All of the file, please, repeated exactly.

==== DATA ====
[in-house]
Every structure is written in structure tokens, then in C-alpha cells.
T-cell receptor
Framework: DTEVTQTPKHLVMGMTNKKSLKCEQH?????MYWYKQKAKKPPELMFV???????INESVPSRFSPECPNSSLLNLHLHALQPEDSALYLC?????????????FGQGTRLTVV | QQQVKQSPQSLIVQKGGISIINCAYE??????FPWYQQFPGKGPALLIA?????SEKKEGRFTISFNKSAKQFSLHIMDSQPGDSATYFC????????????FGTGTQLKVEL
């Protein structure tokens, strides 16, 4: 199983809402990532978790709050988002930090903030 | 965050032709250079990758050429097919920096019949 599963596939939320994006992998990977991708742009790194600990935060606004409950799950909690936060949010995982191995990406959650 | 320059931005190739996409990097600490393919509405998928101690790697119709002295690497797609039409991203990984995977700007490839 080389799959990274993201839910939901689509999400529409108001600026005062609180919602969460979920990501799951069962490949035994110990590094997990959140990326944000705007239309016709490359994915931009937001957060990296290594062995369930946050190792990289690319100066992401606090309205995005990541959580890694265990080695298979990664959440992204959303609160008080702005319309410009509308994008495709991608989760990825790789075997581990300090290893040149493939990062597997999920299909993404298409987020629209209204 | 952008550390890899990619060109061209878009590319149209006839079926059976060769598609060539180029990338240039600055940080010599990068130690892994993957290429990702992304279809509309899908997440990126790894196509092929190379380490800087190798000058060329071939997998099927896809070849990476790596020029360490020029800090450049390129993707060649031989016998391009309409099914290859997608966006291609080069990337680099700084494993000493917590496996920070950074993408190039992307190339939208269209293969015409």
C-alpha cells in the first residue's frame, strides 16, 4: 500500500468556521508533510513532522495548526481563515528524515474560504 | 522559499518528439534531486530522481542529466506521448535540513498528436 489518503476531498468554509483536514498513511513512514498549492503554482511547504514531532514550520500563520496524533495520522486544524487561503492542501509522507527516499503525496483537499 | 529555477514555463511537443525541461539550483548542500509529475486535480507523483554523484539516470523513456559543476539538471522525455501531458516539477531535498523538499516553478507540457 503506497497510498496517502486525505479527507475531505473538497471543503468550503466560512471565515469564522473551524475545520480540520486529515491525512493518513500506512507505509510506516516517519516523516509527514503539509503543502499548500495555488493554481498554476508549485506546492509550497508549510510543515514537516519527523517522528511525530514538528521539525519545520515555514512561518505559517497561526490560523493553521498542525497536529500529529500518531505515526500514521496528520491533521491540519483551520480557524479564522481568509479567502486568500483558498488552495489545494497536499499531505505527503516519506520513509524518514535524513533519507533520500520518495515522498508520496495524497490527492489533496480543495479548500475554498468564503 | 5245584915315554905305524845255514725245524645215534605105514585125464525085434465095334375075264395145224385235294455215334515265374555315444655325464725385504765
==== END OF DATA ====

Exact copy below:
[in-house]
Every structure is written in structure tokens, then in C-alpha cells.
T-cell receptor
Framework: DTEVTQTPKHLVMGMTNKKSLKCEQH?????MYWYKQKAKKPPELMFV???????INESVPSRFSPECPNSSLLNLHLHALQPEDSALYLC?????????????FGQGTRLTVV | QQQVKQSPQSLIVQKGGISIINCAYE??????FPWYQQFPGKGPALLIA?????SEKKEGRFTISFNKSAKQFSLHIMDSQPGDSATYFC????????????FGTGTQLKVEL
């Protein structure tokens, strides 16, 4: 199983809402990532978790709050988002930090903030 | 965050032709250079990758050429097919920096019949 599963596939939320994006992998990977991708742009790194600990935060606004409950799950909690936060949010995982191995990406959650 | 320059931005190739996409990097600490393919509405998928101690790697119709002295690497797609039409991203990984995977700007490839 080389799959990274993201839910939901689509999400529409108001600026005062609180919602969460979920990501799951069962490949035994110990590094997990959140990326944000705007239309016709490359994915931009937001957060990296290594062995369930946050190792990289690319100066992401606090309205995005990541959580890694265990080695298979990664959440992204959303609160008080702005319309410009509308994008495709991608989760990825790789075997581990300090290893040149493939990062597997999920299909993404298409987020629209209204 | 952008550390890899990619060109061209878009590319149209006839079926059976060769598609060539180029990338240039600055940080010599990068130690892994993957290429990702992304279809509309899908997440990126790894196509092929190379380490800087190798000058060329071939997998099927896809070849990476790596020029360490020029800090450049390129993707060649031989016998391009309409099914290859997608966006291609080069990337680099700084494993000493917590496996920070950074993408190039992307190339939208269209293969015409």
C-alpha cells in the first residue's frame, strides 16, 4: 500500500468556521508533510513532522495548526481563515528524515474560504 | 522559499518528439534531486530522481542529466506521448535540513498528436 489518503476531498468554509483536514498513511513512514498549492503554482511547504514531532514550520500563520496524533495520522486544524487561503492542501509522507527516499503525496483537499 | 529555477514555463511537443525541461539550483548542500509529475486535480507523483554523484539516470523513456559543476539538471522525455501531458516539477531535498523538499516553478507540457 503506497497510498496517502486525505479527507475531505473538497471543503468550503466560512471565515469564522473551524475545520480540520486529515491525512493518513500506512507505509510506516516517519516523516509527514503539509503543502499548500495555488493554481498554476508549485506546492509550497508549510510543515514537516519527523517522528511525530514538528521539525519545520515555514512561518505559517497561526490560523493553521498542525497536529500529529500518531505515526500514521496528520491533521491540519483551520480557524479564522481568509479567502486568500483558498488552495489545494497536499499531505505527503516519506520513509524518514535524513533519507533520500520518495515522498508520496495524497490527492489533496480543495479548500475554498468564503 | 5245584915315554905305524845255514725245524645215534605105514585125464525085434465095334375075264395145224385235294455215334515265374555315444655325464725385504765